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Abstract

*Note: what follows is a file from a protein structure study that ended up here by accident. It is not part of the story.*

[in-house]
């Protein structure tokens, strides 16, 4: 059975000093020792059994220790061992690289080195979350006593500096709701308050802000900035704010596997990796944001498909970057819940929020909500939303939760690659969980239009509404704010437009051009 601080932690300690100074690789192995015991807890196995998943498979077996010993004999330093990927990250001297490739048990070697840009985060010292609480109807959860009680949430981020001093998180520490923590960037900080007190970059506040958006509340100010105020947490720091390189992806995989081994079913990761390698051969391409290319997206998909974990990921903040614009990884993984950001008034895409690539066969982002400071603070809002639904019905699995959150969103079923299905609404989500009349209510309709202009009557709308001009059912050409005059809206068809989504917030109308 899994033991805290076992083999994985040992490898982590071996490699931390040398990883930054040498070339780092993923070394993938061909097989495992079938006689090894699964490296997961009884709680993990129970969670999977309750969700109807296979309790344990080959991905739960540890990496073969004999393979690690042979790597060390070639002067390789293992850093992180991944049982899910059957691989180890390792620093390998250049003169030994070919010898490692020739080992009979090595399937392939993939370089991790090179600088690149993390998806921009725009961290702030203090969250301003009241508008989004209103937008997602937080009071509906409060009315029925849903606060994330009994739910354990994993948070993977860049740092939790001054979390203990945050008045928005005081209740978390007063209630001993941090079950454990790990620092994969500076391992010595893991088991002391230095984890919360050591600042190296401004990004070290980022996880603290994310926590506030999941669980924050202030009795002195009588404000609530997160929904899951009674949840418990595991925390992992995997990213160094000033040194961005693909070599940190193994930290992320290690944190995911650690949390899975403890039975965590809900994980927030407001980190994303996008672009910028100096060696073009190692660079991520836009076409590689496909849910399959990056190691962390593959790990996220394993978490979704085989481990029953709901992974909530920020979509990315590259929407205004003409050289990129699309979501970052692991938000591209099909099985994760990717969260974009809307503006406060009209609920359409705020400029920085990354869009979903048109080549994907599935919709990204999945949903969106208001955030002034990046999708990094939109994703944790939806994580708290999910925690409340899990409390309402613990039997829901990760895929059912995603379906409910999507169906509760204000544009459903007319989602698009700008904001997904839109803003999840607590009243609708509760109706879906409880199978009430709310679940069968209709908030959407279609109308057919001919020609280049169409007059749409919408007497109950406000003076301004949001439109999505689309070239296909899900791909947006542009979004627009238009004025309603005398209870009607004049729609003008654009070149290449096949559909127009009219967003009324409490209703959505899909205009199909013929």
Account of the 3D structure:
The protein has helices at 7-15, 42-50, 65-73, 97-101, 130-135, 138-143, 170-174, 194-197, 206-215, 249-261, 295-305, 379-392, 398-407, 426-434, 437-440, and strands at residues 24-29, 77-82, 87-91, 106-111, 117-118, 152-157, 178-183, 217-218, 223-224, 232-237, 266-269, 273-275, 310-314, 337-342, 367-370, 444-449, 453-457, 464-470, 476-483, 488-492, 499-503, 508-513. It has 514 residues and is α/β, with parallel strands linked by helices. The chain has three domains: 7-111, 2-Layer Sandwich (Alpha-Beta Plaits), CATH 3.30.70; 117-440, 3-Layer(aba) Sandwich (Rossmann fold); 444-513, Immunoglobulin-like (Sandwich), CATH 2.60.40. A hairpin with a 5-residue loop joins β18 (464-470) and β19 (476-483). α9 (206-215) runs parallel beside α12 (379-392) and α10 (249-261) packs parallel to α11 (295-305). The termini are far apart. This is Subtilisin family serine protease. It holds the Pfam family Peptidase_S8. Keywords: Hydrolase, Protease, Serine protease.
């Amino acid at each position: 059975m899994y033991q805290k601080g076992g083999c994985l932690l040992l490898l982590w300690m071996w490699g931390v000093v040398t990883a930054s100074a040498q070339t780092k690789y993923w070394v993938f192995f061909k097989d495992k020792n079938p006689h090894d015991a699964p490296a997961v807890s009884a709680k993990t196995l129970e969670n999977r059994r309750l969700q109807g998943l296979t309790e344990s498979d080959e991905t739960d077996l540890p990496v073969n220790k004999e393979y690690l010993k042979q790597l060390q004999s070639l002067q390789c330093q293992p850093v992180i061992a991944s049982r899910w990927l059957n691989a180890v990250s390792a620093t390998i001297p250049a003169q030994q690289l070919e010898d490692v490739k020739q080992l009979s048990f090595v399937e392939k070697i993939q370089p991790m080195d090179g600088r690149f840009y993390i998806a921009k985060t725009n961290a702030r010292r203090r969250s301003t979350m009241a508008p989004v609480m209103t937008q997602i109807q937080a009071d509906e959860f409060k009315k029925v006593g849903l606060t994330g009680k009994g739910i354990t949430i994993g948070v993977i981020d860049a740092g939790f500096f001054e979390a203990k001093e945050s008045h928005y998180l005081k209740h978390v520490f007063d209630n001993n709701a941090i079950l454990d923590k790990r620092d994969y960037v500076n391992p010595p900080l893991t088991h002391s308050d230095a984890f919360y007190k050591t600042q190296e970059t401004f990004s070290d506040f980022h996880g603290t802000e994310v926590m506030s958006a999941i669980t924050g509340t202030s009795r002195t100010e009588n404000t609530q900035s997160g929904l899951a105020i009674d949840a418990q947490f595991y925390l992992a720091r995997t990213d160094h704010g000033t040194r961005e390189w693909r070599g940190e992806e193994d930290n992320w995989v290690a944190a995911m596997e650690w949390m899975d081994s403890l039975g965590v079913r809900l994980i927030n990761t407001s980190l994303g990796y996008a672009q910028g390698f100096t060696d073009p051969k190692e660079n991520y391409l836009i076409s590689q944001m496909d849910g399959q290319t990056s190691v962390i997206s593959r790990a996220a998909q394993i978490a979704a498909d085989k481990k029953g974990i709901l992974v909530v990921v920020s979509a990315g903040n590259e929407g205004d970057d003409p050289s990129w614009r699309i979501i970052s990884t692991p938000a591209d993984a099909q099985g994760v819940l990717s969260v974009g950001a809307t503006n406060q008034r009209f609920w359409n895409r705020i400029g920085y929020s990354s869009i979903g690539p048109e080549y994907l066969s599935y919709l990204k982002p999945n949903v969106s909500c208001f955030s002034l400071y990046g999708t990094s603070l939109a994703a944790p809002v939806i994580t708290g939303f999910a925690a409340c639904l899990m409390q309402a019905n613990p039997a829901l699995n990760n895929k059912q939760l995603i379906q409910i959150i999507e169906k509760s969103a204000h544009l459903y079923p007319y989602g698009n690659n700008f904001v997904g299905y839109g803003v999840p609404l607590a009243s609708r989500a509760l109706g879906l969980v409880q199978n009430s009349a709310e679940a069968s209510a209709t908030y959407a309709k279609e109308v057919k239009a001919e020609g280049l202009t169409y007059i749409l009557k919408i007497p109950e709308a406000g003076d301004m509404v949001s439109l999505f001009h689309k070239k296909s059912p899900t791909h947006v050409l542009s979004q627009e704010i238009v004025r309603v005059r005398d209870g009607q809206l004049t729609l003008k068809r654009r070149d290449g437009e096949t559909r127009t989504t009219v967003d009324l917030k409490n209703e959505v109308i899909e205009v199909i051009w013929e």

In reaction to worrisome performance of agricultural sector in Nigeria, the Federal Government has embarked on various programs and projects aimed at returning the sector to its enviable position. The government efforts have not yielded sufficient desired results, as the country still witnessed high cost of food, general cost of living and perpetual poverty. This paper suggested a redirection of the government efforts to privatization of agricultural enterprises, projects and programs, since it has been shown to have capacity to increase the efficiencies of the concerned enterprises. This study relied on secondary data from Malawi and primary data from private cocoa farmers in Oyo state in Nigeria. The empirical evidence from Malawi shows that technical efficiency of agro-allied industries increased from 65% before privatization to 72% after privatization. The determinants of technical efficiency of the agro-allied industries in Malawi are state ownership, monopoly, capital intensity, Multinational Corporation, and structural adjustment program. While state ownership and monopoly reduce the efficiency, the other three determinants increase it. This indicates that agro allied industries can be more efficient under private control than under the State (Government). The result of analysis of the primary data suggests that farmers that pay for their land are more technically efficient (63%) than those who did not (59%). This allay the fear that increased in cost, that is associated with privatization will not reduce the technical efficiency of the farmers. The paper recommends a gradual privatization of agricultural enterprises, projects and programs in Nigeria. This will not only increase their efficiency but also gender active participation and competition.

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